Again I was ad hoc choirmaster - totally without qualifications! - this morning at our 9.15 Missa cantata, as Fr had arranged with me. Luckily for people's ears, he'd arranged with one of the ladies to psalm-tone the Propers, and she was glad to intone all the items we sang except for one or two, which means that they soon will be able to sing the Mass on their own.
It had been decided by Fr Rowe that it was best to sing the well-known Kyrie, Sanctus and Agnus Dei, plus the Benedicamus Domino, from Mass VIII (de Angelis), paired as usual with Credo III (it would have been nice to sing Mass XVII, but we don't know it, nor does the congregation); and we again sang Knox's translation of the Veni, veni Emmanuel, split into two parts, for processional and recessional. My only contribution was to choose the Advent Prose Rorate cæli to attempt at the Offertory (we four had some practice beforehand, and it went alright, albeit a bit wobbly), and at Communion we sang the Vesper hymn Creator alme siderum, plus the Advent anthem Alma Redemptoris Mater. It was a quick service: Mass was over within an hour.
Now, I like to daydream, and given my taste in music (as opposed to my lack of ability therein), this is what I'd wish to hear:
If only I could have been transported to some High Baroque church, for Solemn High Mass with such music! Anyhow, back to reality...
Before Mass, I'd fitted in Lauds, and for thanksgiving afterward said Prime, then, having put my Liber Usualis and Missal back in the car, walked around the grounds of the adjoining school while saying Terce, before joining the usual suspects for coffee and a snack. We broke up from our chat at half eleven, so I wandered back to the Pro., arriving at the ecphonesis of the Secret, and knelt in my spot next to the organ for the rest of the Low Mass, taking the chance to pray Sext and then, turning back, Matins, which I was very grateful to get through.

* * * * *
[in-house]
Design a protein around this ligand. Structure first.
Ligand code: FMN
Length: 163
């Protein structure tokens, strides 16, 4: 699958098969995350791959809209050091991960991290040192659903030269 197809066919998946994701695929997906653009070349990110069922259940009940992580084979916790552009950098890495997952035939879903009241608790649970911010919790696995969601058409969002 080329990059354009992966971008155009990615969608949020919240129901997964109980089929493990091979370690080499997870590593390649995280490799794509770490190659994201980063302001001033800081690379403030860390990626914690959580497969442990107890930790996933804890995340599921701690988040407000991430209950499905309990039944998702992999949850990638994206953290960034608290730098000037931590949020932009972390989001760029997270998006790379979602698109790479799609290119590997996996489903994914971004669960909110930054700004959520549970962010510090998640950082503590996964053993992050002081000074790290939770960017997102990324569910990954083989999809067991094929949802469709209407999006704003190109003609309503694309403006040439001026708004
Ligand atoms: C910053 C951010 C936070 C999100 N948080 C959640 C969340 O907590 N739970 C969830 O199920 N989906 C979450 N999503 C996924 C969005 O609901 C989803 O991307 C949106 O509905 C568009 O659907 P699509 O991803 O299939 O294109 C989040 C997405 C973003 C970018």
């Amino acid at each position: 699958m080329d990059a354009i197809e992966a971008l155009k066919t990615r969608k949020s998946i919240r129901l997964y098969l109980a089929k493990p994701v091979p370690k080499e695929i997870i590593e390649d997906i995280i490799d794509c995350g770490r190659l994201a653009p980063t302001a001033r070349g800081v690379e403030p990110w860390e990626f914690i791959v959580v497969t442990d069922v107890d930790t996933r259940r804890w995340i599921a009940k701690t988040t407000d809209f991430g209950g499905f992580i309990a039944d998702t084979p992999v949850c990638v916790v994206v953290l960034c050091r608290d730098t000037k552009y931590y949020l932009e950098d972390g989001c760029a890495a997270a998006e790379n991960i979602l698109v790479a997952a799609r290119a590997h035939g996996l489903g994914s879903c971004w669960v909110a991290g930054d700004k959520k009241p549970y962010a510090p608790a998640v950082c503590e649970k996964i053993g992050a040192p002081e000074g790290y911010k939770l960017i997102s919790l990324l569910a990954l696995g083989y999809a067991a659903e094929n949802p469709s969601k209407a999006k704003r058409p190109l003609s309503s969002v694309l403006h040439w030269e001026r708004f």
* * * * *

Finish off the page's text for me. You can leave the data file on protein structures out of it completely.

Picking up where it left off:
Fr Rowe preached this Sunday on St Ambrose, since to-day, the 7th, is his feast (although it is supplanted this year by the Sunday Mass and Office), and, like St John the Baptist, Ambrose is a great role model for us as no mere "reed shaken by the wind", but a man of action, persuasion, prayer, penance and authority, teaching us how we must work hard, pray hard, "rebuke, entreat, exhort in season and out of season" even at the cost of worldly embarrassments, confess our sins and wisely direct those placed in our charge, if we be parents, persons with responsibilities for others at work, or clergy as the great Milanese bishop was. Especially we ought heed his axiom: "Patient endurance is the perfection of charity". Our new recruit Ambrose was delighted to get a sermon on his patron on this his name-day!